In JA Baker’s own admission he ‘came late to birds’. But when he fell, he fell spectacularly. His patch was, broadly speaking, the stretch of land that lies to the east of Chelmsford in Essex, out towards the Blackwater estuary and the Dengie peninsular. It’s a landscape that mixes the ordinary – beech, oak and hornbeams woods and arable fields – and the more unusual, with its blurred outer edges a labyrinth of waterways, marshland and tidal mudflats. For a decade Baker obsessively stalked the peregrine across this landscape (although he followed a number of these birds, it seems fair to use the definite article here, as for Baker the bird took on something of a Platonic heft, as though these birds were of another realm). And for once the adjective obsessive isn’t overplayed: Baker’s method was to become a function of the landscape, to immerse himself so totally that the hunting falcon would incorporate him into its visual memory. As Baker puts it: ‘The peregine sees and remembers patterns we do not know exist: the neat squares of orchard and woodland, the endlessly varying quadrilateral shapes of fields. He finds his way across the land by a succession of remembered symmetries.’ It is believed that peregrines have a total memory map of their hunting grounds and can recognise the slightest changes. Baker wanted to become part of this map.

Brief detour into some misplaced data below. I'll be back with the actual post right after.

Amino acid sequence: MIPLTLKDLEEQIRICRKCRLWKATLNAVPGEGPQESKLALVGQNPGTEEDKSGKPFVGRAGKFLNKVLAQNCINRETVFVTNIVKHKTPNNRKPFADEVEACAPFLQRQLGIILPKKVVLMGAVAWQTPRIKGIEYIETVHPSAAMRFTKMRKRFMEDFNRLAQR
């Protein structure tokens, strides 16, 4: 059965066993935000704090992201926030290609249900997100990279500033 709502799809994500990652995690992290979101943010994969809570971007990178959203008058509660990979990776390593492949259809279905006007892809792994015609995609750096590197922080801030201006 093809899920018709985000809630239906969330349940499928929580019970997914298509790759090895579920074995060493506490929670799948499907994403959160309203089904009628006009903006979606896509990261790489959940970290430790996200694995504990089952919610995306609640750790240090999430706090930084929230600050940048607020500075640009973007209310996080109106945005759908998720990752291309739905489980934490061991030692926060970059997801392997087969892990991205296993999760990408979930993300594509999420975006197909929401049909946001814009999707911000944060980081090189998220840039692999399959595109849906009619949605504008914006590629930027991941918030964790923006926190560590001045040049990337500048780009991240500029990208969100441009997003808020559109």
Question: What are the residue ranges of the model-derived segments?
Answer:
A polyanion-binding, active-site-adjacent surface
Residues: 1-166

This gradual process of invisibility and immersion is also evident in Baker’s extraordinary prose. In many ways he is barely present in the text at all, instead functioning as a kind of amanuensis for the Emersonian concept of the ‘transparent eyeball’ in which the self or the ego is subsumed in the vortex of the natural world. He seems more conduit than writer, transmuting raw observance into liquid forms that coalesce before the eyes; though of course this process is illusory as in truth Baker is a master craftsman, with a vast hoard of descriptive tools and metaphors. He is like a less-neurotic Manley-Hopkins, or probably more accurately a less-earnest Ted Hughes – he has both of these writers’ ability to invoke the swirling intricacies of place and our apprehension of it. His dexterity is alchemical.

English’s approach to Baker’s text is quite a literal one in the first instance, in that he takes a section (for the first track ‘This Hunting Life’), or a specific diary entry (entries which are given only date headings in the book, and which English has titled using a theme or a particular detail relevant to that entry) and uses these as a basis for his sound explorations. The tracks then work with textual detail and flourish and broaden, using broad swirling drones and deep wells of bass to recreate the environmental conditions Baker experienced and so preternaturally transcribed. Obviously, by design, these recreations are impressionistic and idiosyncratic, as English is working with an already meditated set of impressions, and yet the remarkable thing is the way in which, sonically, in using a fairly narrow range of sound and instrumentation, the individual tracks do manage to so ably soundtrack the prose on the page.